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New York court releases government memo justifying drone killing of American citizen

Published time: June 23, 2014 16:20
Edited time: June 23, 2014 18:43
Reuters / Kevin Lamarque

Reuters / Kevin Lamarque

​Nearly three years after an American drone strike in Yemen killed United States citizen Anwar Al-Awlaki, the official Department of Justice memorandum that justified the attack has finally been released.

A redacted version of the July 16, 2010 memo from the DOJ’s office of Legal Counsel to Attorney General Eric Holder was published on Monday this week, for the first time revealing the exact legal justification that the White House secretly relied on to authorize the done strike that killed Al-Awlaki, a suspected New Mexico-born Al-Qaeda official.

The 41-page memorandum was published along with the US Court of Appeals for the Second Circuit ruling from Tuesday in which it was ordered that the controversial document finally be disclosed. The memo itself was originally authored by David J. Barron, the acting assistant attorney general at the time it was given to Mr. Holder two months before a US drone fired a Hellfire missile to kill Al-Awlaki in the town of Al-Jawf Governorate, Yemen.

According to a cursory analysis by Reuters published moments after the memo’s release, the document shows that the Office of Legal Counsel at the DOJ believed Al-Awlaki could be killed given his suspected standing as an “operational leader” of an “enemy force,” and therefore could be targeted “as part of the United States' ongoing non-international armed conflict with Al-Qaeda.”

Anwar al-Awlaki, a U.S.-born cleric (Reuters)

The Authorization to Use Military Force — a law signed in the days after the September 11, 2001 terrorist attacks in order to broaden the US government’s wartime abilities — was cited extensively by Barron as allowing for the killing of Al-Awlaki.

“[J]ust as the AUMF authorizes the military detention of a US citizen captured abroad who is part of an armed force within the scope of the AUMF, it also authorizes the use of ‘necessary and appropriate’ lethal force against a US citizen who has joined such an armed force,” Barron wrote. “Accordingly, we do not believe al-Aulaqi 's citizenship provides a basis for concluding that he is immune from a use of force abroad that the AUMF otherwise authorizes.”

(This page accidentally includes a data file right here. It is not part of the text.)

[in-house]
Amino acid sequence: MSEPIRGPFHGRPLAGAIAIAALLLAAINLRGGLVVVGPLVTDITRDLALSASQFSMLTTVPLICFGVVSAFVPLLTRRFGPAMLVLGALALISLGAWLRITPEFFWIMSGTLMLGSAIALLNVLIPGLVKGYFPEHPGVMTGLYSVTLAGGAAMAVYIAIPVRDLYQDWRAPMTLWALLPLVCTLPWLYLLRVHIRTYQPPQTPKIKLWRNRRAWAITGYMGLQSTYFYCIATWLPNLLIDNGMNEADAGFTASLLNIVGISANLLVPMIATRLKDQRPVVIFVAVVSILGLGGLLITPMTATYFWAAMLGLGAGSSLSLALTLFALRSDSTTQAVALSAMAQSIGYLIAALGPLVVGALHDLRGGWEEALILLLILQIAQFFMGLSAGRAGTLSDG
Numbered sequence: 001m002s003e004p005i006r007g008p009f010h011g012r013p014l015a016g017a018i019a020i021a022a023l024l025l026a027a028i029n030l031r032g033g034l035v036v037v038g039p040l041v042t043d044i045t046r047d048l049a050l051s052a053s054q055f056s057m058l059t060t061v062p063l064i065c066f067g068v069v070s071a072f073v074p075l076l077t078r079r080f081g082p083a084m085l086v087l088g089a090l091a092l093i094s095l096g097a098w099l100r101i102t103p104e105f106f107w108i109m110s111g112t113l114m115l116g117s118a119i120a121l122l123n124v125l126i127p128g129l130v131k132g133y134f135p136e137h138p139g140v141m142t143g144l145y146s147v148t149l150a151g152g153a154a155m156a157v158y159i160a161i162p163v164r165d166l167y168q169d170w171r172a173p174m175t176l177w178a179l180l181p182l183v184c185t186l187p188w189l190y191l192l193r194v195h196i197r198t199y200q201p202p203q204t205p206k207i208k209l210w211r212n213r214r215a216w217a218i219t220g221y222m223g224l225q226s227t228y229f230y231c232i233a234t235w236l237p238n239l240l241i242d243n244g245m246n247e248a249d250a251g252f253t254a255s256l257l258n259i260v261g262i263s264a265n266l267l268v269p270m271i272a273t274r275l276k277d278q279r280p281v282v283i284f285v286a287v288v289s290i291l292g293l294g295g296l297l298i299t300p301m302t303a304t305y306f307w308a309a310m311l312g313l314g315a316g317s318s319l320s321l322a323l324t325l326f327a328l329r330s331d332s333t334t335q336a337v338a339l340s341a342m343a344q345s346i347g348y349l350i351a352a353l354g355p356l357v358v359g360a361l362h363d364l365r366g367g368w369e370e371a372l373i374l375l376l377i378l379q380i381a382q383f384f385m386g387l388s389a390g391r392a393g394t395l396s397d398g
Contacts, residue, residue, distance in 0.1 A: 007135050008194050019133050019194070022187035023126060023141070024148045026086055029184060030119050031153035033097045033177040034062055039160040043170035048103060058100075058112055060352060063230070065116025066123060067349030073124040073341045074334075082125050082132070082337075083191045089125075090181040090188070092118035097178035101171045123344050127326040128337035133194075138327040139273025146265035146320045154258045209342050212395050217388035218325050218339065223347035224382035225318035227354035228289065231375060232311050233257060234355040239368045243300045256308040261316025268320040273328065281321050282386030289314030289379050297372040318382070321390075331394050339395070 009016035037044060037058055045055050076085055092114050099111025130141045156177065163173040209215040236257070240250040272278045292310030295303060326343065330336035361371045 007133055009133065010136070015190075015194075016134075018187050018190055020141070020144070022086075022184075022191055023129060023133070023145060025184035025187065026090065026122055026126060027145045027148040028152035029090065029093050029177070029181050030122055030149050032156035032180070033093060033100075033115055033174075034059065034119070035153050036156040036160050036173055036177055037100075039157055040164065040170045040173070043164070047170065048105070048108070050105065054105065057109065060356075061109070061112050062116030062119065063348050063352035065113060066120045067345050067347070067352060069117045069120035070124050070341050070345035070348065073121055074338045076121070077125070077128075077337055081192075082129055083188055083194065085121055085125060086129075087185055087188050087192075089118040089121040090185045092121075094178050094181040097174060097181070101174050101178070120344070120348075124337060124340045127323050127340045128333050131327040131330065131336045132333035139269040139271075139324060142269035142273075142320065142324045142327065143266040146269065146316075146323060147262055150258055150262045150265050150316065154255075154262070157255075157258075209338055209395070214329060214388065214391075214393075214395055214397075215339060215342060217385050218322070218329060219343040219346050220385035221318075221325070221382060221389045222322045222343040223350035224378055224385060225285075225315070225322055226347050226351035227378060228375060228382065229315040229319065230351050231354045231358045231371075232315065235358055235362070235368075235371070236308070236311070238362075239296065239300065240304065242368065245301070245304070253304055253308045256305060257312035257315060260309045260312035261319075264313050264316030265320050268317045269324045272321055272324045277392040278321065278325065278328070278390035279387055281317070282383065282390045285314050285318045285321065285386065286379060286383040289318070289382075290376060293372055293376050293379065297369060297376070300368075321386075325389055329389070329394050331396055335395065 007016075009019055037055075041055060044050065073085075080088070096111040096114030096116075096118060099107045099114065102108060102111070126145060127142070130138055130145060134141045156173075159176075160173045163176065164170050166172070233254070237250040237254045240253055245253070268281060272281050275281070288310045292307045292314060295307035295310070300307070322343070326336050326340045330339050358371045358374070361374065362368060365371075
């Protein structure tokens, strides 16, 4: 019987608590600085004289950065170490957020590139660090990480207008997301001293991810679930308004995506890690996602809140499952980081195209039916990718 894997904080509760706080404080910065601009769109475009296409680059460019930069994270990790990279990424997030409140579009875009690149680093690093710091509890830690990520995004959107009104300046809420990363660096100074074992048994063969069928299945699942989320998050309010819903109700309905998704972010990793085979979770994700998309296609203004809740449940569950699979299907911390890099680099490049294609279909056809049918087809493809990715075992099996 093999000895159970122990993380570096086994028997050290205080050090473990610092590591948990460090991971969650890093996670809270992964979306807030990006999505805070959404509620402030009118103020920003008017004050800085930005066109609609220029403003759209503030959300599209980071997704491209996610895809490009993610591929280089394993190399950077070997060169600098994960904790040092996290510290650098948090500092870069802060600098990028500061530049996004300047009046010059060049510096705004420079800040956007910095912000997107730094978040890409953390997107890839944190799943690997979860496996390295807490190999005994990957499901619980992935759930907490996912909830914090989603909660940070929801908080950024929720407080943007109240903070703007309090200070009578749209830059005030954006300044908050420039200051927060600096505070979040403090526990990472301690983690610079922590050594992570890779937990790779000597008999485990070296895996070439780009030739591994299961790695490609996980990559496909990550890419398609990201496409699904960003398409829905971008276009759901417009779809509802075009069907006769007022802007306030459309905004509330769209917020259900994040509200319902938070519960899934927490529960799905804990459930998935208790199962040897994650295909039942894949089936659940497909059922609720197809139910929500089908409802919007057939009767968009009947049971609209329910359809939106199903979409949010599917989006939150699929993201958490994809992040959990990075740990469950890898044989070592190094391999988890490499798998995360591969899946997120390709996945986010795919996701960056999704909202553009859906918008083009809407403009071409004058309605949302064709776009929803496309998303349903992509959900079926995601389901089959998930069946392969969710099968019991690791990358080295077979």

“The release of this memo represents an overdue but nonetheless crucial step towards transparency. There are few questions more important than the question of when the government has the authority to kill its own citizens,” American Civil Liberties Union Deputy Legal Director Jameel Jaffer said in a statement released by the ACLU on Monday.

“The release of this memo will allow the public to better understand the scope and implications of the authority the government is claiming,” added Jaffer, who argued for the release of this memo and other documents before the Second Circuit.

“We will continue to press for the release of other documents relating to the targeted-killing program, including other legal memos and documents relating to civilian casualties.” Jaffer continued. “The drone program has been responsible for the deaths of thousands of people, including countless innocent bystanders, but the American public knows scandalously little about who is being killed and why.”

Pardiss Kebriaei, an attorney for the Center for Constitutional Rights, said Monday that the memo confirms "the government's drone killing program is built on gross distortions of law."

"This forced transparency comes years late, long after the memo was drafted and used to justify the premeditated killing of a US citizen without trial and far from any battlefield," Kebriaei said in a statement.